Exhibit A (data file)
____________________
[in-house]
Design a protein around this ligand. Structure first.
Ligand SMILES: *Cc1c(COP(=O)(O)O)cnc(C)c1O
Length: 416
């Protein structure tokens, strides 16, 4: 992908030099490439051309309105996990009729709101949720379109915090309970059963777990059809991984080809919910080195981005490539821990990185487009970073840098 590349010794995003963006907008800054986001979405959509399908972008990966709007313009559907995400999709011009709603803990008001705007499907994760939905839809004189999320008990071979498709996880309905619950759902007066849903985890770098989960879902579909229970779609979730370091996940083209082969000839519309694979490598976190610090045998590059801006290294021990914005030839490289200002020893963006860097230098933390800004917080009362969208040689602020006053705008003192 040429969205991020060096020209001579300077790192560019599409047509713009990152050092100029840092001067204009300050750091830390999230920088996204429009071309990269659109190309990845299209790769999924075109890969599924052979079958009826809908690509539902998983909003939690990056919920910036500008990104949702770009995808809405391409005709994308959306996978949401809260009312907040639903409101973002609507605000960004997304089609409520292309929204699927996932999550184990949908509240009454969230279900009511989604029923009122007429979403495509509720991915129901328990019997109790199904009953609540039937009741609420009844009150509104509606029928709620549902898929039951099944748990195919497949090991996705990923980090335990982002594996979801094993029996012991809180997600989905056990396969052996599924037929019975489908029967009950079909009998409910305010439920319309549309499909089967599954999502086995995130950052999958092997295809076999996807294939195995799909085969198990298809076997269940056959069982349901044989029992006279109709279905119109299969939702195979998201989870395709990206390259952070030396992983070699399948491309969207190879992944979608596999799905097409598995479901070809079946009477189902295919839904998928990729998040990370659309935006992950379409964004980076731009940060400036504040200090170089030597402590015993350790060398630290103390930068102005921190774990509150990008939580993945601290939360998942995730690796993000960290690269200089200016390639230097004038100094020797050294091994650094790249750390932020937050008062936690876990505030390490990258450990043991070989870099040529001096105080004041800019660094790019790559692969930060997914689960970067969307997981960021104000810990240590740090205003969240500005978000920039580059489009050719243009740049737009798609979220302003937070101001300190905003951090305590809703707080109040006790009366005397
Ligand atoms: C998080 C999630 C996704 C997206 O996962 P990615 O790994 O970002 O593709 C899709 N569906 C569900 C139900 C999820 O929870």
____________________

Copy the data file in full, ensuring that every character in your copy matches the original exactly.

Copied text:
[in-house]
Design a protein around this ligand. Structure first.
Ligand SMILES: *Cc1c(COP(=O)(O)O)cnc(C)c1O
Length: 416
């Protein structure tokens, strides 16, 4: 992908030099490439051309309105996990009729709101949720379109915090309970059963777990059809991984080809919910080195981005490539821990990185487009970073840098 590349010794995003963006907008800054986001979405959509399908972008990966709007313009559907995400999709011009709603803990008001705007499907994760939905839809004189999320008990071979498709996880309905619950759902007066849903985890770098989960879902579909229970779609979730370091996940083209082969000839519309694979490598976190610090045998590059801006290294021990914005030839490289200002020893963006860097230098933390800004917080009362969208040689602020006053705008003192 040429969205991020060096020209001579300077790192560019599409047509713009990152050092100029840092001067204009300050750091830390999230920088996204429009071309990269659109190309990845299209790769999924075109890969599924052979079958009826809908690509539902998983909003939690990056919920910036500008990104949702770009995808809405391409005709994308959306996978949401809260009312907040639903409101973002609507605000960004997304089609409520292309929204699927996932999550184990949908509240009454969230279900009511989604029923009122007429979403495509509720991915129901328990019997109790199904009953609540039937009741609420009844009150509104509606029928709620549902898929039951099944748990195919497949090991996705990923980090335990982002594996979801094993029996012991809180997600989905056990396969052996599924037929019975489908029967009950079909009998409910305010439920319309549309499909089967599954999502086995995130950052999958092997295809076999996807294939195995799909085969198990298809076997269940056959069982349901044989029992006279109709279905119109299969939702195979998201989870395709990206390259952070030396992983070699399948491309969207190879992944979608596999799905097409598995479901070809079946009477189902295919839904998928990729998040990370659309935006992950379409964004980076731009940060400036504040200090170089030597402590015993350790060398630290103390930068102005921190774990509150990008939580993945601290939360998942995730690796993000960290690269200089200016390639230097004038100094020797050294091994650094790249750390932020937050008062936690876990505030390490990258450990043991070989870099040529001096105080004041800019660094790019790559692969930060997914689960970067969307997981960021104000810990240590740090205003969240500005978000920039580059489009050719243009740049737009798609979220302003937070101001300190905003951090305590809703707080109040006790009366005397
Ligand atoms: C998080 C999630 C996704 C997206 O996962 P990615 O790994 O970002 O593709 C899709 N569906 C569900 C139900 C999820 O929870």